Fortunately, experts in the SD-WAN space are fully cognizant of the security risks, and several solutions have emerged. Network segmentation and stateful firewalls are leading the charge, but there are still significant challenges at the application level. Vendors are working to meet these challenges by putting together customized mix-and-match solutions that combine as many as four security technologies.

 
Security Through Service Chaining

When paired with deep packet inspection (DPI), service chaining provides an effective means of securing SD-WAN networks. DPI works by collecting traffic from the edges of the network, and service chaining supports it by merging multiple security functions into a single, centralized hub that analyzes that traffic and identifies threats.

While this strategy is generally effective, it is still developing. One of its shortcomings is that security and the analytics specific to networking are separate. This can result in slower IT responses to security threats when they happen.

 
Integration Issues

Because enterprises are trending towards reducing the amount of on-premises resources they maintain, a growing number of vendors are integrating SD-WAN networks with security solutions prior to implementation.

While this does offer key advantages, including improved analytics and reduced costs, it also comes with some drawbacks. One of the biggest downsides relates to industry-leading security providers, many of which aren’t fully integrated with SD-WAN networking solutions as of yet.

 
Security and Networking Will Converge

Even though the industry isn’t quite there yet, experts expect that security and networking will converge as the aforementioned technologies continue to mature. SD-WAN is noted for its ability to support collaboration, which bodes well for

IT teams working to secure these networks.

MicroCorp is a leading agency and distributor of advanced enterprise telecommunications solutions. Prospective partners interested in adding SD-WAN and related security technologies to their service suites are invited to contact MicroCorp to learn more.

10 Ways Partners Can Help Customers Protect Their Data

In this digital era, it’s inevitable that organizations will experience security breaches — both large and small businesses have seen unprecedented cyber attacks over the years as hackers get more savvy and business leaders stay in denial. Ignoring the most basic security fundamentals can lead to breaches and enormous losses.

How do you help your customers deal with the persistence of cyber criminals, and put preventative measures in place? The following are 10 tips on technologies and methods that can help you help your customers protect their data.

1. Train employees

10 percent of all websites encounter “drive-by” malware attacks, according to TechRepublic. Emphasize to your customers that employees need to pay attention to suspicious activity and refrain from interacting with unfamiliar parties. It’s best that employees are educated through cyber security awareness training programs.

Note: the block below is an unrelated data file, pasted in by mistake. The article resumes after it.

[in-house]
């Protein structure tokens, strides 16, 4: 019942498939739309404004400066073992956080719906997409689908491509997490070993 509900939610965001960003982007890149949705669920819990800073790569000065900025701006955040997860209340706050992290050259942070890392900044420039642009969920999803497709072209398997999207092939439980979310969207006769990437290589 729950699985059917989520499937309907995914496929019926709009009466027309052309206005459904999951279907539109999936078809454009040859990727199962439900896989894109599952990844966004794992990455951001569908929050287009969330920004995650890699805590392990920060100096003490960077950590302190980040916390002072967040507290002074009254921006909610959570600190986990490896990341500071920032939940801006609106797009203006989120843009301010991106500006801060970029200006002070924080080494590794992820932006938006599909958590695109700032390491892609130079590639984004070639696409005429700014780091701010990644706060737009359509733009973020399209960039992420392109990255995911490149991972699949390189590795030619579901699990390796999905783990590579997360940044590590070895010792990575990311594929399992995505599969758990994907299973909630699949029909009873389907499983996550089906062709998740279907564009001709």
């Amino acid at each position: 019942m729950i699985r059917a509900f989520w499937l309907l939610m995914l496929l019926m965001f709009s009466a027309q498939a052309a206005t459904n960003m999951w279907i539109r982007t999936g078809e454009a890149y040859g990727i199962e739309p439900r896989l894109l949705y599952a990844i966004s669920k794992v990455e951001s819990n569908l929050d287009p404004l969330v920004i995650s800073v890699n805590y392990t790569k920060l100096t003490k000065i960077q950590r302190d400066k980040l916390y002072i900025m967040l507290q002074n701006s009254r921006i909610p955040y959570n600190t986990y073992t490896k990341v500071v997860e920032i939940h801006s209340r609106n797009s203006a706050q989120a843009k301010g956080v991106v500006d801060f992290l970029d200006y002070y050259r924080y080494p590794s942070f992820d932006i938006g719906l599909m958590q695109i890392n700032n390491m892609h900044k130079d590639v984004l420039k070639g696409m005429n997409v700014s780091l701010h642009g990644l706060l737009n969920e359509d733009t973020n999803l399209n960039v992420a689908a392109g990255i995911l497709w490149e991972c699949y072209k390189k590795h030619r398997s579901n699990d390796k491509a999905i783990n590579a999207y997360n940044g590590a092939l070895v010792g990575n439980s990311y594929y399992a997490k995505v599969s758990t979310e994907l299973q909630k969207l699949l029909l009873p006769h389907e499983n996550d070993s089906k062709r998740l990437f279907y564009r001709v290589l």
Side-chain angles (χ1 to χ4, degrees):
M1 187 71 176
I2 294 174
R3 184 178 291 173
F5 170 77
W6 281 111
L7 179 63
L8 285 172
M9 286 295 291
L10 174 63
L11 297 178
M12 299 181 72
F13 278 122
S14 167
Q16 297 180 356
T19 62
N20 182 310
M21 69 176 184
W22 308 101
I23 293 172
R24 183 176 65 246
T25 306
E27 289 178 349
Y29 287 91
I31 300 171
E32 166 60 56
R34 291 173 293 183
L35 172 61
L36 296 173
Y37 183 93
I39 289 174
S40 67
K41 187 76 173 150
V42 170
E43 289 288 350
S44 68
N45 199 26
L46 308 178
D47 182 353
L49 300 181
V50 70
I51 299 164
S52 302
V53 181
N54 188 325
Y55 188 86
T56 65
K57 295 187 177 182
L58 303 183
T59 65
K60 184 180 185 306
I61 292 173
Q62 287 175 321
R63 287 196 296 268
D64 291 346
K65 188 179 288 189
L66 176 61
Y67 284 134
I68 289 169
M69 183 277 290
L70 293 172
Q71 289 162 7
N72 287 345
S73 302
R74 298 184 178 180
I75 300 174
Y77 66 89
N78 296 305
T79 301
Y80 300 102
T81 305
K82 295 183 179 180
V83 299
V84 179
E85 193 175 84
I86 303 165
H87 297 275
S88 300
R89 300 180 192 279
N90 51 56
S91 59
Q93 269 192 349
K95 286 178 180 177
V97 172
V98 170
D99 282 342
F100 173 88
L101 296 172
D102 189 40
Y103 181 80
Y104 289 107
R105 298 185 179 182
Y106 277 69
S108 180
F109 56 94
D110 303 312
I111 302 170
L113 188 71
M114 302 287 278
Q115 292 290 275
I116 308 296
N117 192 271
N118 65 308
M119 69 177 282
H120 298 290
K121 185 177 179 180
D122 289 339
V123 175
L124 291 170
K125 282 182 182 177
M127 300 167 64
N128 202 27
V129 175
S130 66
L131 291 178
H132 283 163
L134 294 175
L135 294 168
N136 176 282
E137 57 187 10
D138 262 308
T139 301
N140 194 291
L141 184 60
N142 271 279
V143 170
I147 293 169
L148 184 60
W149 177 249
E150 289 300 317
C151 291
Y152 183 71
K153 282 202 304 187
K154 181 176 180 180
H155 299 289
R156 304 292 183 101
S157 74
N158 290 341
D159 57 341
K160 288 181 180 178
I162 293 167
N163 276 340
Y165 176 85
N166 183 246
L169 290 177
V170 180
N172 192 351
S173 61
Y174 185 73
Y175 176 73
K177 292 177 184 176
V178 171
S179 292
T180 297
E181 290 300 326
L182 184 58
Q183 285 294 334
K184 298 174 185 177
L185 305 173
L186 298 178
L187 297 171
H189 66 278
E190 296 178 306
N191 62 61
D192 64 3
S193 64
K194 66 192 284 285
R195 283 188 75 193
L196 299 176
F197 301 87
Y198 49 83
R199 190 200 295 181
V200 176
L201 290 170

2. Predict external threats

A new device fingerprinting tool allows your customers to collect IP-agnostic information from the source of incoming traffic which helps detect cyber threats. Hackers have used fake and automated traffic to disrupt networks, but device fingerprinting can spot nefarious sources before they attack.

3. Eliminate internal threats

Intel recently conducted a study that found that 43% of internal data leaks are caused by internal sources. Your customers are probably focusing on cyber protection against external threats as internal data is left unguarded. Software such as cloud-based Teramind provides administrators with alerts when attempted internal breaches occur.

4. Planning for cyber safety

No matter how sophisticated security software gets, hackers still find ways to penetrate networks. That’s why it’s important to maintain a proactive approach to protection against cyber threats. Educate your customers on identifying and blocking hacker or suspicious visitors as soon as they become apparent.

5. Encryption and authentication

Encourage your customers to adopt two-factor authentication, or 2FA, which has become a cost-effective, fundamental cornerstone of maintaining a data protection. One of the main components of this technique to defend against password attacks is to require data that is exclusive to the user. Additionally, data encryption and proper key management figure into this strategy.

6. Data loss prevention software

The evolution of the web is creating a massive proliferation of data — as more data is created, the more it must be protected. Your customers should be aware of data loss prevention (DLP) — now a necessary tool. It is designed to give an administrator control over who can access certain information and who is allowed to send data to external sources.

7. Browser isolation technology

Much of today’s malware is delivered through web browsers. But a technique called “browser isolation” separates the network from suspicious sources. Instead of trying to identify unsafe web content, this technology takes the initiative for your customers by creating a virtual air gap between their networks and web content.

8. DNS server protection